This is Part 1 of a 3-part post.

My firm’s name is Triangle Performance, LLC. The Triangle comes from a model I developed about the foundations of employee (mostly managerial) performance. These foundations include Processes, Knowledge, and Motivation (3 foundations, 3 corners of a Triangle, you get the picture…).

Now, I know that most of you (outside of a few other consultants) could give a squat about models, methodologies, and so forth.

You simply want results. Rightfully so.

I don’t need to know what specifically makes a jet fly to appreciate getting to Baltimore in 2.5 hours. I just need to get there. You expect experts — people who DO know what makes a jet fly, to do their job successfully.

Enter… me. No, I’m not a jet expert, but I am an expert in what makes managers and leaders perform, and how to increase productivity and performance among employees. Like you, my expertise doesn’t come solely from a book, but from years of on-the-ground efforts in multiple organizations.

Trial by fire, if you will.

Anyway, back to my model. The first “leg” of that model is about processes.

Processes are what – and how – things happen within your organization. They may include things that are formal, informal, in writing, unwritten, etc.

Some of the more obvious include:

  • Organizational Structure: This starts with hierarchical “chain of command,” but extends further into “who does what,” not just “who gets paid for what.” Where to go for certain questions and issues; who is really responsible for certain problems, etc.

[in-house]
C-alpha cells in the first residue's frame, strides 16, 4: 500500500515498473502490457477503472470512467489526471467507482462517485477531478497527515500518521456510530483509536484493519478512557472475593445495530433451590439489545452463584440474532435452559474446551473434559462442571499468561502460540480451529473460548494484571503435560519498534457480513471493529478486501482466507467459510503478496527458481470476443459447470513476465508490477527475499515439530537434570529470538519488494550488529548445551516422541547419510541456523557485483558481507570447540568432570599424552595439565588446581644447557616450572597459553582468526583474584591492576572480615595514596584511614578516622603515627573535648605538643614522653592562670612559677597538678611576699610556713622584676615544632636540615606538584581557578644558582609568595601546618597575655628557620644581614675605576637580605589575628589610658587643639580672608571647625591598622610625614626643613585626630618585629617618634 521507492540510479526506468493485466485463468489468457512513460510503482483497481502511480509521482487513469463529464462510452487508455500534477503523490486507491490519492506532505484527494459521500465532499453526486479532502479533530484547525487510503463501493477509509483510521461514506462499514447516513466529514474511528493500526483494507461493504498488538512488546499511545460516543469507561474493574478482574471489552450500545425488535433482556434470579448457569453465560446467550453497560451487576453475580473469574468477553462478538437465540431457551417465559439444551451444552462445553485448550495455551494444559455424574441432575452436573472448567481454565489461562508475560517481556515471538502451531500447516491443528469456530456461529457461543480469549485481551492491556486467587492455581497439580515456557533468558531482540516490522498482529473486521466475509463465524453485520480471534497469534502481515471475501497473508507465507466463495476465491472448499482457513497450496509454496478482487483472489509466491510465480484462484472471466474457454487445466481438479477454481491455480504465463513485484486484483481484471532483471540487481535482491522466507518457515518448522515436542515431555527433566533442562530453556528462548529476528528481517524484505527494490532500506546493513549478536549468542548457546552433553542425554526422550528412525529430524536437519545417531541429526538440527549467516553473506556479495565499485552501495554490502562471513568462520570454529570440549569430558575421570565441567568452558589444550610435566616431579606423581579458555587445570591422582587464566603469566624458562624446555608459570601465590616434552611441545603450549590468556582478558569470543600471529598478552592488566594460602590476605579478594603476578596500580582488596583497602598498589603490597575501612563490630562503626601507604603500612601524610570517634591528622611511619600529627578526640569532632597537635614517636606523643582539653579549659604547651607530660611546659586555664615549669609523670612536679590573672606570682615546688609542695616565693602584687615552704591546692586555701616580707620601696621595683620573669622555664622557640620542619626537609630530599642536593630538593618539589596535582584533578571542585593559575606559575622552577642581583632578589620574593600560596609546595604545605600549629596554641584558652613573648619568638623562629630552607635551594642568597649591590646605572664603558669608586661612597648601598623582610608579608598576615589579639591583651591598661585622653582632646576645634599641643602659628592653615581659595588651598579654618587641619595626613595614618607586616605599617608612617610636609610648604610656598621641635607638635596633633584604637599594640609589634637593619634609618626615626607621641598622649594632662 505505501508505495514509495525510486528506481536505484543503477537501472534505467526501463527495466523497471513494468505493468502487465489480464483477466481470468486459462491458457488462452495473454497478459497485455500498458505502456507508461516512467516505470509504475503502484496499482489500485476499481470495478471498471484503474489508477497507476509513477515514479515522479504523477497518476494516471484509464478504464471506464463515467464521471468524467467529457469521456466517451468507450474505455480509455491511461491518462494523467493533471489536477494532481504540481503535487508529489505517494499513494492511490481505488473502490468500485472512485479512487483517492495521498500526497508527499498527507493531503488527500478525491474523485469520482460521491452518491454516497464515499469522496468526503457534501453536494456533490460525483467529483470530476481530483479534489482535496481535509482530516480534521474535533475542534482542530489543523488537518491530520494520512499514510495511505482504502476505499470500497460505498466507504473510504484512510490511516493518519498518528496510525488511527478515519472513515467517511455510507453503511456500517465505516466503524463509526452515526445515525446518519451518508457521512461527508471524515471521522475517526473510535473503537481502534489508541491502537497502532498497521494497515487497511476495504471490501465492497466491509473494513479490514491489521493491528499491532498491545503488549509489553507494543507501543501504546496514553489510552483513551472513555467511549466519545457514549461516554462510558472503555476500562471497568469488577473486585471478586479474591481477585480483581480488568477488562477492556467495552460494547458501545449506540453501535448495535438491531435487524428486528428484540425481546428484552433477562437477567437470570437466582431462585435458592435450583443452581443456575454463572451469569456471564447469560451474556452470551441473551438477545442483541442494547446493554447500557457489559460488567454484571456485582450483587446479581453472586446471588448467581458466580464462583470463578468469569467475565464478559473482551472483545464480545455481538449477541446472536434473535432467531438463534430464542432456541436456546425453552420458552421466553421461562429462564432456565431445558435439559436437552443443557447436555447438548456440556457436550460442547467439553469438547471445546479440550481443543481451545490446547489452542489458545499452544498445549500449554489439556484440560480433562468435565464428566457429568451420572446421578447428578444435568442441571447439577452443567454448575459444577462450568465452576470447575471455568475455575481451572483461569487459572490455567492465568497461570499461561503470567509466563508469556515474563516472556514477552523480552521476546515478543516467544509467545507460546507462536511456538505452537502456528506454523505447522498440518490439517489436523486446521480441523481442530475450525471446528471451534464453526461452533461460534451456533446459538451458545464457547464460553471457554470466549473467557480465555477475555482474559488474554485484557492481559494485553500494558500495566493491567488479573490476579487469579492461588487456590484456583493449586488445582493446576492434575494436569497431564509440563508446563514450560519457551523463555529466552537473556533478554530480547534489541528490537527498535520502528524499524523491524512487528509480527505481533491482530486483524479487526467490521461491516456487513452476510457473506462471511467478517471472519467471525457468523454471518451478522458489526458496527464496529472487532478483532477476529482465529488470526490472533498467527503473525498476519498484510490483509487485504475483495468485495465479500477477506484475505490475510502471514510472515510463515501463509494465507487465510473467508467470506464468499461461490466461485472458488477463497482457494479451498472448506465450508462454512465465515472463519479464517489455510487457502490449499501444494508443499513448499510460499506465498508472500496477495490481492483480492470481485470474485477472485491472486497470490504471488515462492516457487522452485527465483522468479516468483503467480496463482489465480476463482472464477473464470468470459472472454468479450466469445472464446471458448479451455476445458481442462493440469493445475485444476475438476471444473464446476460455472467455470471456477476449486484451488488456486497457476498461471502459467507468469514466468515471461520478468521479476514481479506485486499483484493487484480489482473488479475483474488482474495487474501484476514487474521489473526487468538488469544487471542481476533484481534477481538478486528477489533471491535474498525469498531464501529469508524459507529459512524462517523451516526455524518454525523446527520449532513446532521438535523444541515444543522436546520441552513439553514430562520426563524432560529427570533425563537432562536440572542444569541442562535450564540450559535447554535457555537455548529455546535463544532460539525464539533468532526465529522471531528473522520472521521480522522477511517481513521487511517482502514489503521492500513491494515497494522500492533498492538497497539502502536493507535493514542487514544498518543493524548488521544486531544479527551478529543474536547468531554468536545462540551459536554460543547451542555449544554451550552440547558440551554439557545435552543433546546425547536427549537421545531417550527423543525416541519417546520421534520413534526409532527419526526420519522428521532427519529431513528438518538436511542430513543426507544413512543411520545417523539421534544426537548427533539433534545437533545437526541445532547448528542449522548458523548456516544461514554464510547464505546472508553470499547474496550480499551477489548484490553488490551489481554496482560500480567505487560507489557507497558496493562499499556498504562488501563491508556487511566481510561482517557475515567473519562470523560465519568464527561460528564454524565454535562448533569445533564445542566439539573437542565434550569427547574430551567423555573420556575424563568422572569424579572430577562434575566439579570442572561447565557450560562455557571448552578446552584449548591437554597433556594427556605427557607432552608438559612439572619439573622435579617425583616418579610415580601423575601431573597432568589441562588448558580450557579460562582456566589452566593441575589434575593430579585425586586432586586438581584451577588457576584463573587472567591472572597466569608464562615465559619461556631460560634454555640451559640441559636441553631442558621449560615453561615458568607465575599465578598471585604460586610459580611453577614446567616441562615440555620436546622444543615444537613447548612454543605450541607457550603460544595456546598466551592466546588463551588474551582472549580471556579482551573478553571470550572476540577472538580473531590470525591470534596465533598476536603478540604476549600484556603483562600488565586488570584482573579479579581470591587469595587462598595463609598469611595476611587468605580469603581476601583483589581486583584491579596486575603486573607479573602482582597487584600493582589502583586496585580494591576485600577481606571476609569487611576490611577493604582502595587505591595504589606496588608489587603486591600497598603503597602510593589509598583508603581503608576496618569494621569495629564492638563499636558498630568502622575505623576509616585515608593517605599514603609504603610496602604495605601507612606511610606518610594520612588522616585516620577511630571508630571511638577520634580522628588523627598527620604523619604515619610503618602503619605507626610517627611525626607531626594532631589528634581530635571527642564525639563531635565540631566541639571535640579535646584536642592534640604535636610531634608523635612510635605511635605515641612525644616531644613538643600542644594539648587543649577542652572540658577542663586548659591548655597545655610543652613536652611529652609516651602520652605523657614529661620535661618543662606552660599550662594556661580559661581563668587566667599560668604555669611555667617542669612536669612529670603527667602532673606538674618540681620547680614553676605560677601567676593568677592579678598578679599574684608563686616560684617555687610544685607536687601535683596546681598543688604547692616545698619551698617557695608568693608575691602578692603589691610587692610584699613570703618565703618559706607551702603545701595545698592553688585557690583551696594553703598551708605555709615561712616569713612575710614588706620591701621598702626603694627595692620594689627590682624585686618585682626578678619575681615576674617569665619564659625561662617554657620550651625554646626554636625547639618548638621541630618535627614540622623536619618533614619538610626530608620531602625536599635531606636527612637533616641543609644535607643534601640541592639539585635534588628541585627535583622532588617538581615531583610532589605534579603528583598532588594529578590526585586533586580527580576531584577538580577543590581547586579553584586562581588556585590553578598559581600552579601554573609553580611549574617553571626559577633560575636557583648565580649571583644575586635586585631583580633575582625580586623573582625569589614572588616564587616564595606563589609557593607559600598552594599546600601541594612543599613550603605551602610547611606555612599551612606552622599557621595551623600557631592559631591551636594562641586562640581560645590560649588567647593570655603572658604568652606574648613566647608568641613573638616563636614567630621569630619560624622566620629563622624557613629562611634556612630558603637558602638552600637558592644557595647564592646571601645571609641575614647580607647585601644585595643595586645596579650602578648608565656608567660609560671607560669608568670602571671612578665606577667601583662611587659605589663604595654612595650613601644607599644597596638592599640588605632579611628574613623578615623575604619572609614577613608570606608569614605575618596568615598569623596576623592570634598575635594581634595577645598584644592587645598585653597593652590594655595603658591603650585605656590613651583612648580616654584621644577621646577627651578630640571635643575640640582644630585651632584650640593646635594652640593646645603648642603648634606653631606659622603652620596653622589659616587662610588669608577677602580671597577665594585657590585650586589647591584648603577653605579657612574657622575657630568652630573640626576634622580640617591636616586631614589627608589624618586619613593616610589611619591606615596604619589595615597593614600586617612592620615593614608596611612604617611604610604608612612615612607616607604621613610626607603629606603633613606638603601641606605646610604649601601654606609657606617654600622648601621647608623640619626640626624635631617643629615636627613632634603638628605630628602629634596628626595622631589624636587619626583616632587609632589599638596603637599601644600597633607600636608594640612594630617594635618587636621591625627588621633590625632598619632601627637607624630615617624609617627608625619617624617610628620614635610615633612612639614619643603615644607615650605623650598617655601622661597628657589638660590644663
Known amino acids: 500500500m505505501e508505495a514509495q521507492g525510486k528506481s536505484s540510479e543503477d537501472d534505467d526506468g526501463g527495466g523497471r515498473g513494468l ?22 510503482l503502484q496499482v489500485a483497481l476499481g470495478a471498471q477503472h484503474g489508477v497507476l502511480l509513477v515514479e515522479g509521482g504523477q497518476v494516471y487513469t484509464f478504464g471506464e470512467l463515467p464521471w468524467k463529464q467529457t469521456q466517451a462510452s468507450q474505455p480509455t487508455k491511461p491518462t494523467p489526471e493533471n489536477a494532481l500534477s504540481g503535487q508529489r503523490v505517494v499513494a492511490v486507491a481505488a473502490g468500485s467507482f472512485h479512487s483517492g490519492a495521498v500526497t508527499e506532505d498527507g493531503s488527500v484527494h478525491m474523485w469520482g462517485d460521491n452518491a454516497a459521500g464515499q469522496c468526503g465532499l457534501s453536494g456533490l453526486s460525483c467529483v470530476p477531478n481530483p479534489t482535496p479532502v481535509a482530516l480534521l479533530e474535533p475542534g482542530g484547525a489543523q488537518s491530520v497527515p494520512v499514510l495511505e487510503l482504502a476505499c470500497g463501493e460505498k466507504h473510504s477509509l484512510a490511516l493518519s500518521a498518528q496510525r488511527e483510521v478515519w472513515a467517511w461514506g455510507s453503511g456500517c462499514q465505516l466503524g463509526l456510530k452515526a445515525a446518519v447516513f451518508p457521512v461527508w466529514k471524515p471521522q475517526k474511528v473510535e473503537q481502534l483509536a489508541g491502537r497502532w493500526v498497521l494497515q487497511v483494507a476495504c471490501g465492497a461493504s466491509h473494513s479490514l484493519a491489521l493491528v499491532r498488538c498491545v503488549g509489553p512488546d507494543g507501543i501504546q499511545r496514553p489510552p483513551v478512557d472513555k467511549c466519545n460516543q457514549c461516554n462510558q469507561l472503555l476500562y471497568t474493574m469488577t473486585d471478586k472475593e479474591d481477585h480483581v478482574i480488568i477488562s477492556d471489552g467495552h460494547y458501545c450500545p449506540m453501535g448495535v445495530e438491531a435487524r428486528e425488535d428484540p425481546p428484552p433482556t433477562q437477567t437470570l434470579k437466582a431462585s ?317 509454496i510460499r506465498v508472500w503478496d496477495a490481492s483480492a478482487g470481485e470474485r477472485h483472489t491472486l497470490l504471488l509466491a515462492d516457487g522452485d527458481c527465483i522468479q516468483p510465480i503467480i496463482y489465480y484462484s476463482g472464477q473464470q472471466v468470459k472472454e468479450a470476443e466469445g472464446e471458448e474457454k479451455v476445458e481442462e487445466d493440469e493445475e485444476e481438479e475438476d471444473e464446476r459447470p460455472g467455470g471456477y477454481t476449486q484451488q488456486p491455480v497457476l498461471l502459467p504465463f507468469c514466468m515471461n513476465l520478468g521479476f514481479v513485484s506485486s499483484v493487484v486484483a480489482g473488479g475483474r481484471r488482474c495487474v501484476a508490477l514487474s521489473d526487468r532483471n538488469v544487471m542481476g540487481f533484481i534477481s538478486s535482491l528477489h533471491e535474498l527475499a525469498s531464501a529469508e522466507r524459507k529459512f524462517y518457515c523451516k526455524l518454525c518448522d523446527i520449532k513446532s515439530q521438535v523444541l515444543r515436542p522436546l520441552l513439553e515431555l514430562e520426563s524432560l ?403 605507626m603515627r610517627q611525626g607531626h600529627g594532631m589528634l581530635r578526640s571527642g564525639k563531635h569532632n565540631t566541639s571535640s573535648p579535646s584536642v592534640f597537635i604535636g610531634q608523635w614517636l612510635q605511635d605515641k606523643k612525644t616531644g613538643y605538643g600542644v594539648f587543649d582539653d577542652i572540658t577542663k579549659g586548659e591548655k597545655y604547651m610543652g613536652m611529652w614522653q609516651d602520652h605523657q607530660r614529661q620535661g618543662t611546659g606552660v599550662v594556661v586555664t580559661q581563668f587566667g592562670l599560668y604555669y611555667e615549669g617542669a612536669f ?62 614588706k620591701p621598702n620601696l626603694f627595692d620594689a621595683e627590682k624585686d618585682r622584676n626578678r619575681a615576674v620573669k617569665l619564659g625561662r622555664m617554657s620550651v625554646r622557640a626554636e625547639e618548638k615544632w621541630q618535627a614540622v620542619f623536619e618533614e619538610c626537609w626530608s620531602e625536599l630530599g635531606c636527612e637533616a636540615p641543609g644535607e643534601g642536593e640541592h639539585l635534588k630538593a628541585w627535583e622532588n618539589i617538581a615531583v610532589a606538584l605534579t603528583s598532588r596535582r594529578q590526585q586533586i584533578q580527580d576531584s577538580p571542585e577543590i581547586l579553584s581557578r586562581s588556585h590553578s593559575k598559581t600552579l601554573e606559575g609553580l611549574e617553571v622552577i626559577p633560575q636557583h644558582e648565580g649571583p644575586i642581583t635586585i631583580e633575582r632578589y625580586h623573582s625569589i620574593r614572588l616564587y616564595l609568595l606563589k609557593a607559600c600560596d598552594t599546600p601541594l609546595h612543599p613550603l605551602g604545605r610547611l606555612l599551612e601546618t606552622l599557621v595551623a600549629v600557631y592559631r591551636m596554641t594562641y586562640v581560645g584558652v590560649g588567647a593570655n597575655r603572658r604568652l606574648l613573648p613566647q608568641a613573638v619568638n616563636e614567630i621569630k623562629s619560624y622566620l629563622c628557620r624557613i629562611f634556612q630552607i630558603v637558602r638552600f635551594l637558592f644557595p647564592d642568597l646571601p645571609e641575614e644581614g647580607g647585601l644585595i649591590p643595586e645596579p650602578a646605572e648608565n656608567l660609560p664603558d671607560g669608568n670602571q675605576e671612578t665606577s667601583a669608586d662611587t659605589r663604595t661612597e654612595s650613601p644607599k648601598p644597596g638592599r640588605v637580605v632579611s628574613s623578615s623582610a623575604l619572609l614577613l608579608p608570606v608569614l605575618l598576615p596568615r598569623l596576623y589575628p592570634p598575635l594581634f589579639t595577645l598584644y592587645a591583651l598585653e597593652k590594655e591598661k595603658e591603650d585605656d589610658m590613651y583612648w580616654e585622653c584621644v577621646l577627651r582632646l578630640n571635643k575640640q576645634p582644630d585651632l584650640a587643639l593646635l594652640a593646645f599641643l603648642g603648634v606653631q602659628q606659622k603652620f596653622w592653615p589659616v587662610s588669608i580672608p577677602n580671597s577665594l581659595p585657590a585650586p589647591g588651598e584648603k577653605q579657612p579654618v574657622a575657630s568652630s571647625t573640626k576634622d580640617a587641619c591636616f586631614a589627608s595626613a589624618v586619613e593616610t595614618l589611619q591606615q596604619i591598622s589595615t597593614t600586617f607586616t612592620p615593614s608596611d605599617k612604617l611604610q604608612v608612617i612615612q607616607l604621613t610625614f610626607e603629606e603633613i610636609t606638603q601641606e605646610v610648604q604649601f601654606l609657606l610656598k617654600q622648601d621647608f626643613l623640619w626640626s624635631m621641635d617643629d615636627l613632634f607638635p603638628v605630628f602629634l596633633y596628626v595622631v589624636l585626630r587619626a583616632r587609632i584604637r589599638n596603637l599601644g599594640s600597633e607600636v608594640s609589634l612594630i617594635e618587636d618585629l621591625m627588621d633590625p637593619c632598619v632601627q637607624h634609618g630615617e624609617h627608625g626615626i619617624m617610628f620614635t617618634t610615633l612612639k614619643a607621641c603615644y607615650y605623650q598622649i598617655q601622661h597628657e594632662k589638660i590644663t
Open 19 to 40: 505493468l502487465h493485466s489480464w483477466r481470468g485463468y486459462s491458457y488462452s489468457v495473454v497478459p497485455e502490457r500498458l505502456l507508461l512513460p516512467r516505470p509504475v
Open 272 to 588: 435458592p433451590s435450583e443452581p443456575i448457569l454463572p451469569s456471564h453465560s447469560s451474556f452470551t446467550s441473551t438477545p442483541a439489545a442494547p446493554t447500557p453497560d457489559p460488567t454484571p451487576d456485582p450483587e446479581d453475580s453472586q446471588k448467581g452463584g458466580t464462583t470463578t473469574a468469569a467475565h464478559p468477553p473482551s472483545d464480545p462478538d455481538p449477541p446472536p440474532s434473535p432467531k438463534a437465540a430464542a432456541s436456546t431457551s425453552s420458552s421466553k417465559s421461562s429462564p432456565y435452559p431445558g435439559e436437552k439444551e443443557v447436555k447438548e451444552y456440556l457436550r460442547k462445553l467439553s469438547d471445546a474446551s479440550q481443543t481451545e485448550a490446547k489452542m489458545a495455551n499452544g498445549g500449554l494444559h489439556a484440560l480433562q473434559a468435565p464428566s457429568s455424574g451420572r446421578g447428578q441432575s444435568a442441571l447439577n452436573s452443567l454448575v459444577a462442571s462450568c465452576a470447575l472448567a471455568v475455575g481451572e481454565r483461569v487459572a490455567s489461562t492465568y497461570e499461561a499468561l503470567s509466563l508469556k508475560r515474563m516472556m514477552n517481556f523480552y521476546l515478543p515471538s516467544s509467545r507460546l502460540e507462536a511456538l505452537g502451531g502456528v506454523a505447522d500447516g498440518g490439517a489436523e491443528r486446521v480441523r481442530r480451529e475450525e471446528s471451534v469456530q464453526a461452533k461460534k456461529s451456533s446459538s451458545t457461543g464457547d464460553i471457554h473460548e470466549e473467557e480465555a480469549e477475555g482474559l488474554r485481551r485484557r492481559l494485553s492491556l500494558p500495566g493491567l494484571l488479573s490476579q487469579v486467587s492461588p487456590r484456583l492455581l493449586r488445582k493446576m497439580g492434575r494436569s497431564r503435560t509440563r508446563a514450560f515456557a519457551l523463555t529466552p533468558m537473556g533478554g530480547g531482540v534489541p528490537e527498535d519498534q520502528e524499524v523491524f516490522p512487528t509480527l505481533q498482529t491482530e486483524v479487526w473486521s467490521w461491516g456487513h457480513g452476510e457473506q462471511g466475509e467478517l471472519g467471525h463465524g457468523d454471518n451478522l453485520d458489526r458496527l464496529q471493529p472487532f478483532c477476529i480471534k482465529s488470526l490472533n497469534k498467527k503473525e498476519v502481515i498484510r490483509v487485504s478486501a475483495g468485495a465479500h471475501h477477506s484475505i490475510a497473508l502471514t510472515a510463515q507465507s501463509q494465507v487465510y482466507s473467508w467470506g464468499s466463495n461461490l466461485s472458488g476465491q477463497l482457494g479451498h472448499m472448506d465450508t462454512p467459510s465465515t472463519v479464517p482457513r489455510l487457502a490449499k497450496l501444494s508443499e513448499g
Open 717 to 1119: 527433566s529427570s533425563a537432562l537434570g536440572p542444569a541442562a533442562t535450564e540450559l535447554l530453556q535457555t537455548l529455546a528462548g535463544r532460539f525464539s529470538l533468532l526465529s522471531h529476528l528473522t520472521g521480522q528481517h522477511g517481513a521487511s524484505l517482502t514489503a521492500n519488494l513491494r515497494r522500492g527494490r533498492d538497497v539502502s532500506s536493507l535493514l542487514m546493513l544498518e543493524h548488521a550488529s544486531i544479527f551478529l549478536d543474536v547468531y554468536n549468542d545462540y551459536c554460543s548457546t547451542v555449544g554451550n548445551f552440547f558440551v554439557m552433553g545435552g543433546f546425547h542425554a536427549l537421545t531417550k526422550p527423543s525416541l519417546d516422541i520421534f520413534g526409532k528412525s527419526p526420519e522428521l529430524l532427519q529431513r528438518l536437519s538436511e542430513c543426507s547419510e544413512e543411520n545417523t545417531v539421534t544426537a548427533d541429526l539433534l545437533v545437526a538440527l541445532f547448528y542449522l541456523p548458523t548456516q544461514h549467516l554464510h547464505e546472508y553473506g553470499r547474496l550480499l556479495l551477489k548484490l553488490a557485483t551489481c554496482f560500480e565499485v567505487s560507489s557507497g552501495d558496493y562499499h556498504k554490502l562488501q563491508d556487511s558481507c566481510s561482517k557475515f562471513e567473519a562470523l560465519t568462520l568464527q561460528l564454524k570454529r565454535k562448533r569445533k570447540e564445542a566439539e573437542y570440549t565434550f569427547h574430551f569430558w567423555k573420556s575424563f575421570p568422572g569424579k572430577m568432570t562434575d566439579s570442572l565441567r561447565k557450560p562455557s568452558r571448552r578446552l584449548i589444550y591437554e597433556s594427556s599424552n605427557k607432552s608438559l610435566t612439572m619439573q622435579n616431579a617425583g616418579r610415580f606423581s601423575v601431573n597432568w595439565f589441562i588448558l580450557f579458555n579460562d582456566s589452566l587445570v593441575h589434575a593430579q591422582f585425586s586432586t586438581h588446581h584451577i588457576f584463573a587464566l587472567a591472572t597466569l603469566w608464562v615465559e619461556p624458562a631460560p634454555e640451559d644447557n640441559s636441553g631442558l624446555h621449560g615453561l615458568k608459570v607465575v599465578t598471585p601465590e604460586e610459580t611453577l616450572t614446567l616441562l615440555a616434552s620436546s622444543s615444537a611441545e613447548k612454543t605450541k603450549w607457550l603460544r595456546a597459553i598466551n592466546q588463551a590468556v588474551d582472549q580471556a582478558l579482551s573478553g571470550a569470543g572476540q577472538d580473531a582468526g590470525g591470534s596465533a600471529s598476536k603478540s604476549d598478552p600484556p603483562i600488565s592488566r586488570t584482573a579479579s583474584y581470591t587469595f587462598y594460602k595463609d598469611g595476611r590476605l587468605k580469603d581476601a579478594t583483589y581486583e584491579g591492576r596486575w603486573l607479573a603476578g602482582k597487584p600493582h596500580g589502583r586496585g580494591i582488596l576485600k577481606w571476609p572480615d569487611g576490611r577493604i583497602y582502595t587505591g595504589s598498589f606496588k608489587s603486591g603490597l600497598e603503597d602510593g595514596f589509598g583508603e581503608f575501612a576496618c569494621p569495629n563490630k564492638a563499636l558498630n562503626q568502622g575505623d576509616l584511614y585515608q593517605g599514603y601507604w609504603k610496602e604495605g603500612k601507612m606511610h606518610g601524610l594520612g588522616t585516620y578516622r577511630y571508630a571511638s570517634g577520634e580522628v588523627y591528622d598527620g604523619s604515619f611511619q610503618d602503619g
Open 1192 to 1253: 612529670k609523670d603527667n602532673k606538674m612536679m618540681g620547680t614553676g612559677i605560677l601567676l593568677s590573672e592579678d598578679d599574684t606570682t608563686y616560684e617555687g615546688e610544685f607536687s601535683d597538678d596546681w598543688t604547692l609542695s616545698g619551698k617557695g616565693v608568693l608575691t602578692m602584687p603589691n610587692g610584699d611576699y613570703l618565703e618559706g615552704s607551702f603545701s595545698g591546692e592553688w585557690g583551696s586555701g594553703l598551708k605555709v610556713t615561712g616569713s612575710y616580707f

• Policies and Procedures: These include both formal written policies, as well as cultural procedures driven by your organization’s internal “way of doing things.”
  • Existing Culture, and maintenance of that culture: A little more difficult to grasp, these are the things that are accepted as proper and appropriate through both acquiescence and outward support over the years. These are ingrained into the organization, and likely cannot be changed easily, even with written instructions and/or guidelines.
  • The Decision-making Process: Here we have both hierarchical processes as well as “established” methodology. Who’s buy-in do I really need for this decision, regardless of who is the public decision-maker?
  • The Process for employment decisions and performance management: These are those things that provide both for entering employees as well as the general employment and advancement of existing employees.

All of these – and likely more – make up your organization’s Process, and are a fundamental lever in improving manager and employee performance and productivity.

Suffice to say, that managing these processes doesn’t occur in a vacuum. Try to ‘improve’ on processes without addressing either motivation or knowledge is folly.

We’ll discuss further in the next post, when we bring in Knowledge.

Until then…


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